To be fair, I'm sure that while their core produce / service is hosted on Linux, the desktop ecology (including supporting servers) is almost certainly Windows.
I know that at every major financial institution in the US it's the same way... There is a large Windows desktop / server platform maintained by a core 'desktop support' IT organization that simply exists to provide employees with desktops and associated tools. Then there is the massive Linux server platform used to actually run whatever services comprise the core business of the firm, (exchange connectivity, algorithmic trading engines, client connectivity, booking systems, compliance systems, etc). So even though the entire financial industry in the US runs on Linux, every single one of those banks, exchanges and hedge funds also has a sizable Windows desktop/server environment as well, strictly to support employee workstations and day-to-day communications, document generation, collaboration tools, etc.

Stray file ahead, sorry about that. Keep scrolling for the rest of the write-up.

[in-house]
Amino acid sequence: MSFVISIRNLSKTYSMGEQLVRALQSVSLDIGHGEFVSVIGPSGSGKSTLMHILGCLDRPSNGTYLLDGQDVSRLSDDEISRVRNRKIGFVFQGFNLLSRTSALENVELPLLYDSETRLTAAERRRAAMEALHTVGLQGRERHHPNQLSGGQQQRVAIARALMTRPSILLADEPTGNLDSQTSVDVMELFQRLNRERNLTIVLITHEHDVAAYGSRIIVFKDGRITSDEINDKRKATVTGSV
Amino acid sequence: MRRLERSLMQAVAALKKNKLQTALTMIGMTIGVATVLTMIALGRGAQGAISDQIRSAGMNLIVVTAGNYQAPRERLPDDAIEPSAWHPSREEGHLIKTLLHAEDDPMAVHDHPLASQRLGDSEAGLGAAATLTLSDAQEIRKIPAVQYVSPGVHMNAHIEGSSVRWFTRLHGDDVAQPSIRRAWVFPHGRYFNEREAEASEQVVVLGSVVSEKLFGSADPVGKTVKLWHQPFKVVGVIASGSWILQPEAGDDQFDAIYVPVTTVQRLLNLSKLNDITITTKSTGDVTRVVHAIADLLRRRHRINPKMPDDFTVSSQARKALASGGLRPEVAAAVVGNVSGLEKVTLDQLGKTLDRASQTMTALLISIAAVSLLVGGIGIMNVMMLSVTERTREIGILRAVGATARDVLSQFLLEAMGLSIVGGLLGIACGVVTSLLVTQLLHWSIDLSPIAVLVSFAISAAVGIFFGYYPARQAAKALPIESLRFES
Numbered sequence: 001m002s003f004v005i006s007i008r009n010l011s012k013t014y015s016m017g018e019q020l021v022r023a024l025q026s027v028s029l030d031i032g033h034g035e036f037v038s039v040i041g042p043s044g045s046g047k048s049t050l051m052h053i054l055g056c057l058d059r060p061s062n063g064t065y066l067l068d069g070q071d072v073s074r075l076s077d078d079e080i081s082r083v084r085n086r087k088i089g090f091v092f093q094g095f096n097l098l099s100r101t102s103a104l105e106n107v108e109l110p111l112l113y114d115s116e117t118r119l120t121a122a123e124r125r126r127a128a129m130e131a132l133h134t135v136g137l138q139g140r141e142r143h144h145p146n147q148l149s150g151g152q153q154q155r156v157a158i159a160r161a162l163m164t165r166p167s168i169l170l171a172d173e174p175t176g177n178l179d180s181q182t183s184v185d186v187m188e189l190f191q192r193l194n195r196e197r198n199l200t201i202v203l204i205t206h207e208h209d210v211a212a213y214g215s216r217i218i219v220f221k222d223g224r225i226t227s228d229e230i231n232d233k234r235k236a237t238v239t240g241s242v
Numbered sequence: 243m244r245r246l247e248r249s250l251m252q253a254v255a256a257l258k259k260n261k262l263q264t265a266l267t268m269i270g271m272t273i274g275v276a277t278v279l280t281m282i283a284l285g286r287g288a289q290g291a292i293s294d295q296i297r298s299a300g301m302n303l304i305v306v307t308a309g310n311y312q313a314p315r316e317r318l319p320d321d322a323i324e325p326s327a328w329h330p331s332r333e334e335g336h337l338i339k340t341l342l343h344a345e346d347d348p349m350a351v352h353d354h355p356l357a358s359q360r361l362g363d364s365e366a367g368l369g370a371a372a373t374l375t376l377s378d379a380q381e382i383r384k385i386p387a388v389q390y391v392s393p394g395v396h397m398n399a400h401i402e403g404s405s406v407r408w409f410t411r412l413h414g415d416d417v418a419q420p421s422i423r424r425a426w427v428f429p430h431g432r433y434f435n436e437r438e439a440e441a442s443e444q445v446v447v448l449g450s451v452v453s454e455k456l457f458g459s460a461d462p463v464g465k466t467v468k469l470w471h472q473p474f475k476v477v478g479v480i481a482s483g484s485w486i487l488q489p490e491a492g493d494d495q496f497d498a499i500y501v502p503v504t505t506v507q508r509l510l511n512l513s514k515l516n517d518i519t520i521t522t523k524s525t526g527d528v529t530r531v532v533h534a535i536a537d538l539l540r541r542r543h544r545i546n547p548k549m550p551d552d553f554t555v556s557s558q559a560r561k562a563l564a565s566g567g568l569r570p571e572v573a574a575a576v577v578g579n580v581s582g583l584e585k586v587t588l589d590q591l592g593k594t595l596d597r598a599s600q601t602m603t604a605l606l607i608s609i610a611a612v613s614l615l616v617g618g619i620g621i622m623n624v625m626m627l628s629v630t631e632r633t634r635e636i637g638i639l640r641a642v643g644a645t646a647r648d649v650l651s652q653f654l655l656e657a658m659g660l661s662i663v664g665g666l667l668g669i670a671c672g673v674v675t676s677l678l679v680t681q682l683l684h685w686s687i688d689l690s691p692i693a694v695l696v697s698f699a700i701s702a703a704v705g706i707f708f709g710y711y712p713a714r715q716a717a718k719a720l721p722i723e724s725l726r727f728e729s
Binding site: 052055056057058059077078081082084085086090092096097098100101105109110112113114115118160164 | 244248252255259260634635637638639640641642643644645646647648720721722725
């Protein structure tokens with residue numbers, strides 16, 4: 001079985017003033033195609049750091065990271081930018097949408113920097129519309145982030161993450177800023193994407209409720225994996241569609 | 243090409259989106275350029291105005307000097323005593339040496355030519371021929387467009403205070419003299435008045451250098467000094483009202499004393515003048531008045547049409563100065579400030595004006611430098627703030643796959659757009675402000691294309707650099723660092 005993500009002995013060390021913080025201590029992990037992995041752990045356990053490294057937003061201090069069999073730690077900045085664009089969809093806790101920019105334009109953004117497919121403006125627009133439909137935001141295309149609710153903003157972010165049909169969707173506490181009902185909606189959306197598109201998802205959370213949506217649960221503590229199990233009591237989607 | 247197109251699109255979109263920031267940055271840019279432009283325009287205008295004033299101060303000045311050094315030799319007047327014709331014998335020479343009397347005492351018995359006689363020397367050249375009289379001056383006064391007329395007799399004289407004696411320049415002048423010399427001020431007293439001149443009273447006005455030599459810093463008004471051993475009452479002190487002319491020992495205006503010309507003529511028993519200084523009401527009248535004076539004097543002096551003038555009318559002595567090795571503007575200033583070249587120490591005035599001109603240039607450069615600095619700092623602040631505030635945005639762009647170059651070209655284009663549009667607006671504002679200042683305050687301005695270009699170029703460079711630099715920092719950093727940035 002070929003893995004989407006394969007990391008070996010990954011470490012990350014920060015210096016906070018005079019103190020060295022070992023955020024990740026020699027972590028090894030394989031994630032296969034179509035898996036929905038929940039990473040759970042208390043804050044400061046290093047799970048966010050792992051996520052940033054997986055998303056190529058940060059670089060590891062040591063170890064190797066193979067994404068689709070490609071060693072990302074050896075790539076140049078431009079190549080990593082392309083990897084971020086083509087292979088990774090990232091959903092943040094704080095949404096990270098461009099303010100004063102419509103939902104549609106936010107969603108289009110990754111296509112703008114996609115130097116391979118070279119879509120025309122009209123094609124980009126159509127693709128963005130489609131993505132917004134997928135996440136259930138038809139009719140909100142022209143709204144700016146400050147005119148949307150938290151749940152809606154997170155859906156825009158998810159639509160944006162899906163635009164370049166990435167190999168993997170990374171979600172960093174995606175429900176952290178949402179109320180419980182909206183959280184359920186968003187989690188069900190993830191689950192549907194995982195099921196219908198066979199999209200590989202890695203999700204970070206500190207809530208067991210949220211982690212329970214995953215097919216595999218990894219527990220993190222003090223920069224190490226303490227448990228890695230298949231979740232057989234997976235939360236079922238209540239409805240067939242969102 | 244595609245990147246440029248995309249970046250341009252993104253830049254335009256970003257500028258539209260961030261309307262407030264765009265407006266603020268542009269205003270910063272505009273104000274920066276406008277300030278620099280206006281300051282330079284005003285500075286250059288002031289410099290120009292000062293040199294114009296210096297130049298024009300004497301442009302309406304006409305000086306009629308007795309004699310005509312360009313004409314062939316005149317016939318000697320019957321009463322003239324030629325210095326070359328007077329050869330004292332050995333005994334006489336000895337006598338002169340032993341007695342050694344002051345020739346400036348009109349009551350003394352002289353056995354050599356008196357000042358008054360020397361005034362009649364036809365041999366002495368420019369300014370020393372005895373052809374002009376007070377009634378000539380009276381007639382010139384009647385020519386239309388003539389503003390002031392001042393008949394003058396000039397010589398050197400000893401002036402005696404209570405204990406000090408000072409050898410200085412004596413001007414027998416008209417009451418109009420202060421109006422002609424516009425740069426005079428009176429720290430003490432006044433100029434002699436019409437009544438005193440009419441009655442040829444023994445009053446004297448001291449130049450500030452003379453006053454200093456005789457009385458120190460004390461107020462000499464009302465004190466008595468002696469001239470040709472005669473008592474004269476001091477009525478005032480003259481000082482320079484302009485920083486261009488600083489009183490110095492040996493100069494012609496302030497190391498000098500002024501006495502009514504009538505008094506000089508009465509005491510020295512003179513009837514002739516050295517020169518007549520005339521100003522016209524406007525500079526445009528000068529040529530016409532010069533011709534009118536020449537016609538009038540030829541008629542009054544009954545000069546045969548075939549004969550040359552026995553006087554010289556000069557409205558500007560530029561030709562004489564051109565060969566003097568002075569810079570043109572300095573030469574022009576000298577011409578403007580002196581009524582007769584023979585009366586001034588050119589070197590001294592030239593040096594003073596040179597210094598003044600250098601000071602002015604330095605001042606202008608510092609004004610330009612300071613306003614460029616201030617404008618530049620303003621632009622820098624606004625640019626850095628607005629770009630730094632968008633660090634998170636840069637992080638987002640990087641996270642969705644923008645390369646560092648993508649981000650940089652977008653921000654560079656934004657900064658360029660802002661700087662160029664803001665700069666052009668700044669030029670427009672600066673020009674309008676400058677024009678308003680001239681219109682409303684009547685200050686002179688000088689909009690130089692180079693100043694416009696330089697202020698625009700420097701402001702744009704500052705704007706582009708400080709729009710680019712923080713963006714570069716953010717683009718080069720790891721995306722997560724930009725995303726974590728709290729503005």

This makes sense, actually. The systems that the company depends on to actually *make money* are Linux. The systems that the employees use to work with each other are Windows.
Flash card? Case? Power? HDMI and Ethernet cable? All of those items add up. Not using a remote saves you $30 on FLIRC, but I'm sure you've got at least $35 invested in the other items require to actually transform the Raspberry Pi into something more than inert circuitry.